College is outrageously expensive. And it will only get more expensive by the time your kids are ready to apply. Unfortunately, the way we shop for college is all wrong.
Like most families, maybe you haven’t had the opportunity to save enough in a 529 plan. And that’s OK. We can still look for strategies to help you save on the cost. If you know how to shop, the sticker price is irrelevant.
Start With The
Right 529 Plan
Choosing the Right 529 Plan
We don’t sell or manage 529 plans. However we can help current clients evaluate the options. We consider the Utah’s Educational Savings Plan, my529, the standard. my529 offers investment options from Vanguard and Dimensional Fund Advisors. And it has among the lowest fees in the 529 industry. You can open a my529 account directly, which means that an investment advisor isn’t necessary (if you do need help, we are an approved my529 advisor and can help open an account for you as well). By comparing my529 to the quality of investments, total fees, and tax credit offsets of your state’s 529, we can determine which plan is in your best interest. Despite the initial tax advantages, your state’s plan may not always be the best choice. To learn more, schedule a free consultation or visit my529.
Maximizing Financial Aid
College is extraordinarily expensive and most kids will have to graduate with student loans. The good news is that, if you know how to shop, the school’s sticker price is totally irrelevant. What matters only is your net cost.
The Expected Family Contribution (EFC) determines a student’s financial aid eligibility. Most schools use the information reported on the FAFSA (Free Application for Federal Student Aid) to calculate the EFC. Generally, a student with a lower EFC will qualify for more need-based financial aid (Need = Total College Cost – EFC).
It’s important to get an idea of what the student’s family will be expected to contribute in order to plan better for covering the cost. There are strategies to help minimize this value by the time you actually apply for financial aid. To get an estimate of your EFC now, start with The College Board’s EFC calculator.
Optimizing Student Loans
Some estimates suggest that you shouldn’t take on more student loan debt than your expected first year salary after you graduate. Unfortunately too many students get in over their heads with student loans. Education is an investment. If the total cost to attend a school doesn’t justify the expected return, you should consider shopping around for another school that better meats your budget.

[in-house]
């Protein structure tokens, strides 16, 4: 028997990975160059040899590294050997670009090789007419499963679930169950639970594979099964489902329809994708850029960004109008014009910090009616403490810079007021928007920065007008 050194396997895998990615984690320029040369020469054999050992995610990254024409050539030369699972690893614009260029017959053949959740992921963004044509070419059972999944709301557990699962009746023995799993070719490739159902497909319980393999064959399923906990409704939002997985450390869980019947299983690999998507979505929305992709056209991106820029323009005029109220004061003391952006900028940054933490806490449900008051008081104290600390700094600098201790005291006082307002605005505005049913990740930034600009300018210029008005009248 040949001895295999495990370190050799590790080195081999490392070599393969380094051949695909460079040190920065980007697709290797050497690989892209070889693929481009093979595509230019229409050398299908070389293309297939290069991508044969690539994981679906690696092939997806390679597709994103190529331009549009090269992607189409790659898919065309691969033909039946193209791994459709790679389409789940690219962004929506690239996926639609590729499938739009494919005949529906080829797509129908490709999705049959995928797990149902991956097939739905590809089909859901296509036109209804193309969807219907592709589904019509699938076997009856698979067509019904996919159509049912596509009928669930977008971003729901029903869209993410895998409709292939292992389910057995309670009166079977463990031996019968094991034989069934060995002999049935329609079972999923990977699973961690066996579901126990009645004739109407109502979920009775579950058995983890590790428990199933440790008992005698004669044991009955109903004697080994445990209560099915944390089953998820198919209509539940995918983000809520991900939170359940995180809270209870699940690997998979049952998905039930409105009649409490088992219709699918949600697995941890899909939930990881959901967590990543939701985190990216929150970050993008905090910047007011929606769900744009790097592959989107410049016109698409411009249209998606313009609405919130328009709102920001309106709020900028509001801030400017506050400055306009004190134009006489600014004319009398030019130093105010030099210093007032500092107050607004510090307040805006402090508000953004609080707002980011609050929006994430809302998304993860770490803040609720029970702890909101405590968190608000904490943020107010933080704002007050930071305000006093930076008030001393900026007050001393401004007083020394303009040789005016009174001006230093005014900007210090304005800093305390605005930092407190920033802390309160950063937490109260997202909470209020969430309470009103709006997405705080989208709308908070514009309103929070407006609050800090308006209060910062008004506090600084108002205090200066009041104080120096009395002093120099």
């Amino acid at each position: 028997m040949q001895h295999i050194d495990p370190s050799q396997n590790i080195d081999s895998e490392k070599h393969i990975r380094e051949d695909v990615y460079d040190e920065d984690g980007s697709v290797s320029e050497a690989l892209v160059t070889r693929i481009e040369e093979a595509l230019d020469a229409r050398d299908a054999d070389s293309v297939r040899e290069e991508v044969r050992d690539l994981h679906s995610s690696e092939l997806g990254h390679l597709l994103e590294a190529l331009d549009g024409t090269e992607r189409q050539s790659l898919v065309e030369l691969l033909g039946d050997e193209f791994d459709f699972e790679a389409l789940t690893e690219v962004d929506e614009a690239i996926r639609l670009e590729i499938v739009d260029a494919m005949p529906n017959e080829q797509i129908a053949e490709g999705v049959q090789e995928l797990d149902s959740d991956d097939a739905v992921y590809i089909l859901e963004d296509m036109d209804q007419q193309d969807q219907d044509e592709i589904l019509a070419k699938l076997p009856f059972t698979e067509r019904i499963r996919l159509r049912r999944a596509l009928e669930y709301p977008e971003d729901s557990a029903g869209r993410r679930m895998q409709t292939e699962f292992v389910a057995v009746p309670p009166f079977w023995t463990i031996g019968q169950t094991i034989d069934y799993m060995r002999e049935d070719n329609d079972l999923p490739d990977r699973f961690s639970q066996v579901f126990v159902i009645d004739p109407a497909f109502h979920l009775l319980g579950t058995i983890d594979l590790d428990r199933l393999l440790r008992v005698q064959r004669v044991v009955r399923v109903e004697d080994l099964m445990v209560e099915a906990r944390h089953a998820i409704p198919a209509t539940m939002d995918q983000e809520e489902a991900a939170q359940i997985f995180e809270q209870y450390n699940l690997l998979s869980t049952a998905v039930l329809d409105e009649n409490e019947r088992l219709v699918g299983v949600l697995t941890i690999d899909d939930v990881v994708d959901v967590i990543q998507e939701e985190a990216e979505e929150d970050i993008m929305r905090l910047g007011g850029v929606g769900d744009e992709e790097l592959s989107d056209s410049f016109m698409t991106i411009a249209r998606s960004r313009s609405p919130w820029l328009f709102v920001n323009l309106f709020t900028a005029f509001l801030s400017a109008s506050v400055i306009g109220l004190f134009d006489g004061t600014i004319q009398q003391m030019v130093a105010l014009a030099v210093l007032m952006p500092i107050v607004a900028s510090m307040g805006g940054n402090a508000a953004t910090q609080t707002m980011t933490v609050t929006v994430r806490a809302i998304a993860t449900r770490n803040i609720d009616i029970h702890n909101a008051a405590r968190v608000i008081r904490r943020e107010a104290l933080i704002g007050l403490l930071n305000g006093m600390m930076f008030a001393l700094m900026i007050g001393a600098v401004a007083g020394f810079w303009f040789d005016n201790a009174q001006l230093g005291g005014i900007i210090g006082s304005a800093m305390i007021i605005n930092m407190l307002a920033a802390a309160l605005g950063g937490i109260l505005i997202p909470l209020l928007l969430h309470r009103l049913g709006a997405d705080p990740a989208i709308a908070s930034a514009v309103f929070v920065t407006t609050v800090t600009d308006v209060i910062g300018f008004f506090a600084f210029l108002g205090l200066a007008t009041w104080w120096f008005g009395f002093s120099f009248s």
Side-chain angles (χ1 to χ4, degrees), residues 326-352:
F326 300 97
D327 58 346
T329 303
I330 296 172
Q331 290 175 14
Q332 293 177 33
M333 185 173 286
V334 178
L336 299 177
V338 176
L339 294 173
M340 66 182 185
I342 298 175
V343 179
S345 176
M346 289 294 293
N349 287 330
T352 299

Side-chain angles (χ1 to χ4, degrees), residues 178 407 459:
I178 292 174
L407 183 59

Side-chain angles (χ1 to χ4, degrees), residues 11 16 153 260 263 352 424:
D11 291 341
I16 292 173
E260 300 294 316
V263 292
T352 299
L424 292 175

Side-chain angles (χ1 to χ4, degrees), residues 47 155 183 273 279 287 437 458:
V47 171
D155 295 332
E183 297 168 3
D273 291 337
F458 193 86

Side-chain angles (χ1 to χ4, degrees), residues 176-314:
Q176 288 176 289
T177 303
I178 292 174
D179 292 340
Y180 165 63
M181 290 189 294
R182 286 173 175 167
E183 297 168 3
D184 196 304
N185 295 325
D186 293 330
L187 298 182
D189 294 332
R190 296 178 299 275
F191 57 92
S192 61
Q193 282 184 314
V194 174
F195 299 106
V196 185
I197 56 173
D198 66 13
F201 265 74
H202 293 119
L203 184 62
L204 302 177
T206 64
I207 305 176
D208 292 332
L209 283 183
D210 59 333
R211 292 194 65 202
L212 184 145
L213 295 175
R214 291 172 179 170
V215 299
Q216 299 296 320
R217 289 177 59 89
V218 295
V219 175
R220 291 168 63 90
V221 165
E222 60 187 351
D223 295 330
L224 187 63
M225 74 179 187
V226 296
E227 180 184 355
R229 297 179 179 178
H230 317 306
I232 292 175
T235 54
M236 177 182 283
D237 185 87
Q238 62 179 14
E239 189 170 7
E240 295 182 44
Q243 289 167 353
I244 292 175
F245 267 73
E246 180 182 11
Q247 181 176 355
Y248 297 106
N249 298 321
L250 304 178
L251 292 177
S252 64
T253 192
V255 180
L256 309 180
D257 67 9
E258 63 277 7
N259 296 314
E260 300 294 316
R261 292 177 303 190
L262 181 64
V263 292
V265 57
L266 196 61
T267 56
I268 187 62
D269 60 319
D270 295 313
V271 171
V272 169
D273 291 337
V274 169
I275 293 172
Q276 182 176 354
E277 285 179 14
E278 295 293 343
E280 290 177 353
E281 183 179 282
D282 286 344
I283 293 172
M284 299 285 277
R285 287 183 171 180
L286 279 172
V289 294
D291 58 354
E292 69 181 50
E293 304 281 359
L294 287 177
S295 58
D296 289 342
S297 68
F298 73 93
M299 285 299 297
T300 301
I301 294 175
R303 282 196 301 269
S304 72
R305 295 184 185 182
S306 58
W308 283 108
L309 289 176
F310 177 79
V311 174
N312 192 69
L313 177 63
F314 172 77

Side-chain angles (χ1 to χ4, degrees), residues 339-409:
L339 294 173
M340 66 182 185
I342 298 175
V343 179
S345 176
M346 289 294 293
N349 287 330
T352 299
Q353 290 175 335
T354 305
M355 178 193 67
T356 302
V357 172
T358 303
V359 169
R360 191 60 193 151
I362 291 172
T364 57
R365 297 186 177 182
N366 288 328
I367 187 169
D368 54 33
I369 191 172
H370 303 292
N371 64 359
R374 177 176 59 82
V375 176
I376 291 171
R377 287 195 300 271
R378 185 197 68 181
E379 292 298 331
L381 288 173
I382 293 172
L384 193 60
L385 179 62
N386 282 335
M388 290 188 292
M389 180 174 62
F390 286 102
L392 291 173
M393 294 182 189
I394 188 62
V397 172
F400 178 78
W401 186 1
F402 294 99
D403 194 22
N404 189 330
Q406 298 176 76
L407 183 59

There are two types of loans, federal and private. Federal loans are offered by the The U.S. Department of Education. This is the best place to start for every family that needs to fill in financial gaps for the cost of college. Federal loans usually have the most reasonable rates and the subsidized portion of the loan doesn’t accrue interest while the student is in school. The main thing to remember with these direct federal loans is that they are “use it or lose it.” The total amount available for the student’s freshman year is $5,500 (as of 2018). If the student doesn’t use any of this amount in the freshman year, they will not be able to borrow against it the subsequent years. If you need to take out student loans, make sure that you maximize the direct federal loans each year first: $5,500 max freshman year; $6,500 max sophomore year; $7,500 max junior year; $7,500 max senior year. Find out more at the Financial Student Aid Office of the U.S, Department of Education.
Shopping for Schools
We can help your selection process for schools that may most likely meet your family’s financial situation. In this list we include the in-state schools and the student’s choice schools, then add additional schools that meet the student’s academic and social requirements. The idea is to expand the list of colleges families consider in order to improve their chances for aid. The list will include best bets for merit and need aid and the average net cost to attend each school, which is usually drastically different from the advertised cost of tuition. Sometimes one of the private schools ends up being cheaper than a public school.